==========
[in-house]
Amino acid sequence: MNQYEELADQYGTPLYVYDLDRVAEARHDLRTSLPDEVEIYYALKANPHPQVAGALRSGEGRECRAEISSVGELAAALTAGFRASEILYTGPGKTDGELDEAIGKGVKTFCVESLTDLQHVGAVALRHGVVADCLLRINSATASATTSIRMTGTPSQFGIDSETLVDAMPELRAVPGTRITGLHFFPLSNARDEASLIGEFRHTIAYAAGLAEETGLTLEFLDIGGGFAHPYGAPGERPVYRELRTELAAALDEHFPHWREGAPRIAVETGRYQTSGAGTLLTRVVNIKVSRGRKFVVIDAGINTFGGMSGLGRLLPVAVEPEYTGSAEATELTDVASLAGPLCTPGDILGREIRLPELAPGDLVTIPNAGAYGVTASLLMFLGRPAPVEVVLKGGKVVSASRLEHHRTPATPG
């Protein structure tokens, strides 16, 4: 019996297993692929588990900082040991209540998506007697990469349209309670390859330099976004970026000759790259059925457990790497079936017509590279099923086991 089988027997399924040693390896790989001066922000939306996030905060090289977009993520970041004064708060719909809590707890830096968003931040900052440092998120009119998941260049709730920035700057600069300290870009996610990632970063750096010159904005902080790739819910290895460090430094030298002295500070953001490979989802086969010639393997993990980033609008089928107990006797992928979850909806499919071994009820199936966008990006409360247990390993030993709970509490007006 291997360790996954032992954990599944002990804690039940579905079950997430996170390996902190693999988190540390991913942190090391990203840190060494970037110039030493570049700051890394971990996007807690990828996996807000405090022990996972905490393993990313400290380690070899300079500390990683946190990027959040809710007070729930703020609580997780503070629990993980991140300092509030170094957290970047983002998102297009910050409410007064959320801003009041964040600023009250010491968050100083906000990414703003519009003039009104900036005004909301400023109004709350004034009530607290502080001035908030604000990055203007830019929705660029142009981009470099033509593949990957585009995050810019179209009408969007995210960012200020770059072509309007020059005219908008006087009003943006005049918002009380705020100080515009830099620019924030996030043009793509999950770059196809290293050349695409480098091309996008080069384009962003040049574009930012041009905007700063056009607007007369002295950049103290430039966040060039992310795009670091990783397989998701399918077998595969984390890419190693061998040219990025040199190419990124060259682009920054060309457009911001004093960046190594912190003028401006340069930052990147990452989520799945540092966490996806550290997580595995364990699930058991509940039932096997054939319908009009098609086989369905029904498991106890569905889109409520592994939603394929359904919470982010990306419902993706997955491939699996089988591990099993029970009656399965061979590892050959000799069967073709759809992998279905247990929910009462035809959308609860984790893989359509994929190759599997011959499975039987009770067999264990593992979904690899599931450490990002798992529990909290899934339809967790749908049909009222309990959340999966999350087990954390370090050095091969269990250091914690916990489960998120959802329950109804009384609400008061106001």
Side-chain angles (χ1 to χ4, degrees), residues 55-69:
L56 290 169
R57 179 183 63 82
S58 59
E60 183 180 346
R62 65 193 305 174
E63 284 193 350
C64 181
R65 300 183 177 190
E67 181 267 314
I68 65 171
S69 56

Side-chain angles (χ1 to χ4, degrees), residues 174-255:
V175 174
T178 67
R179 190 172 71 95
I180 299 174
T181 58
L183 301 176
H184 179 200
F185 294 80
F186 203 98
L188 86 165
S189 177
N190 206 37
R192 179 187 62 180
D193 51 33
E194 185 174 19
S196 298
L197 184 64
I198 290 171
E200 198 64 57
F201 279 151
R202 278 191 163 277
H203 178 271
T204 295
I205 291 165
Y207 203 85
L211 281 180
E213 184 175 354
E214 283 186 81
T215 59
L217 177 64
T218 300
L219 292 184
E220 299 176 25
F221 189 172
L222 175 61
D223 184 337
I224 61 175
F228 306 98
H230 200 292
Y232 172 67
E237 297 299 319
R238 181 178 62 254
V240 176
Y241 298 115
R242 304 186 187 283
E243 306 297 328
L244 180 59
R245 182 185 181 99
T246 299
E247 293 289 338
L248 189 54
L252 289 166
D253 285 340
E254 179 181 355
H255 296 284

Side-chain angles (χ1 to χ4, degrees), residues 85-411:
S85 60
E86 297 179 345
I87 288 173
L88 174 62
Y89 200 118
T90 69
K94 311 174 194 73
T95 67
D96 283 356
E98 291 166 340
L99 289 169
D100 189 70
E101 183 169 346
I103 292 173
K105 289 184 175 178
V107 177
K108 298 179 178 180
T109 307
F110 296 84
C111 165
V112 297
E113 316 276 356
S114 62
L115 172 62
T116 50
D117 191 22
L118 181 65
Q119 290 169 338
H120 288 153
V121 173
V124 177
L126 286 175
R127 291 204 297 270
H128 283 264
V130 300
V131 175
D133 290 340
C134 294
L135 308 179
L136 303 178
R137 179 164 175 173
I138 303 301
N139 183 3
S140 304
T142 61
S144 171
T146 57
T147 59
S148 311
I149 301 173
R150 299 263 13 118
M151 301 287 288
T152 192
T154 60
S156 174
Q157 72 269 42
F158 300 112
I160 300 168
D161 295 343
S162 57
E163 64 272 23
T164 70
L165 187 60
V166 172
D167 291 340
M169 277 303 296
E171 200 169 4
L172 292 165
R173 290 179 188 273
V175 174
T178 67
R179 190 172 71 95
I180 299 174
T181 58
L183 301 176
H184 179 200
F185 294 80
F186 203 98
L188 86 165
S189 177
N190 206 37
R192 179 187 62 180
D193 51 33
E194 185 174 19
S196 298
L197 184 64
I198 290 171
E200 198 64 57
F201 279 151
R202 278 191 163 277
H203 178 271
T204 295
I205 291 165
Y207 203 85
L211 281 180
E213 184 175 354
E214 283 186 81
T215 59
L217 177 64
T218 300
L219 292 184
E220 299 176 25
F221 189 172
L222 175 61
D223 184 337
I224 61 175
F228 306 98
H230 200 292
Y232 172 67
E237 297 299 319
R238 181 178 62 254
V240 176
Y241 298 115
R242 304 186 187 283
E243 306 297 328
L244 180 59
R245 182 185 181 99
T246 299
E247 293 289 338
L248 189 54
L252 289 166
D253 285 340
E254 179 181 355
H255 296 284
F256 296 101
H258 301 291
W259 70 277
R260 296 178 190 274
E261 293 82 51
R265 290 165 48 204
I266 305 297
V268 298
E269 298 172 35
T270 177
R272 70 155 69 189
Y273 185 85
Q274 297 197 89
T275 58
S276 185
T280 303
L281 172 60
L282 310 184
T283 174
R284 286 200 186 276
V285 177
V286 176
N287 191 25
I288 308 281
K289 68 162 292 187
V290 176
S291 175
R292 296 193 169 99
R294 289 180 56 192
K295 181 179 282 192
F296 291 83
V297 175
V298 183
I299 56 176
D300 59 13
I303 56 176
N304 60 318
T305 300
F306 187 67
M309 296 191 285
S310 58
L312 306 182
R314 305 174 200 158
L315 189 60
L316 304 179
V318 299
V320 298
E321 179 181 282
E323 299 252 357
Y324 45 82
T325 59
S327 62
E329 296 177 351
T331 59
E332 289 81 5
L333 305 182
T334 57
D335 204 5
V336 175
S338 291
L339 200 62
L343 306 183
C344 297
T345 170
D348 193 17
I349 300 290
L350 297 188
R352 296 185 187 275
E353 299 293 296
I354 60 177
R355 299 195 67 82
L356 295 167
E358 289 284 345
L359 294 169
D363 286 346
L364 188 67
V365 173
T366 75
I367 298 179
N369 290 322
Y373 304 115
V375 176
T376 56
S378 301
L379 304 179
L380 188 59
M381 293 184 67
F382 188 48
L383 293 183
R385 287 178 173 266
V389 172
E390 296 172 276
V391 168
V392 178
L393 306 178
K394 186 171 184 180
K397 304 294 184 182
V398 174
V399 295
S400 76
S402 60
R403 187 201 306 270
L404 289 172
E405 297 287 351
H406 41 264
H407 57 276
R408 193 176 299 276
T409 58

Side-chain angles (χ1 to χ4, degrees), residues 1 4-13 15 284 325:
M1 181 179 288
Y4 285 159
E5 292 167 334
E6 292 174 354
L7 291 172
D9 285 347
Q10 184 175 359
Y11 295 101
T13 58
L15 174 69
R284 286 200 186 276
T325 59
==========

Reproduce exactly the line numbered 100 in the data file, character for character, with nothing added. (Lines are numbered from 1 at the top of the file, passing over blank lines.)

Q119 290 169 338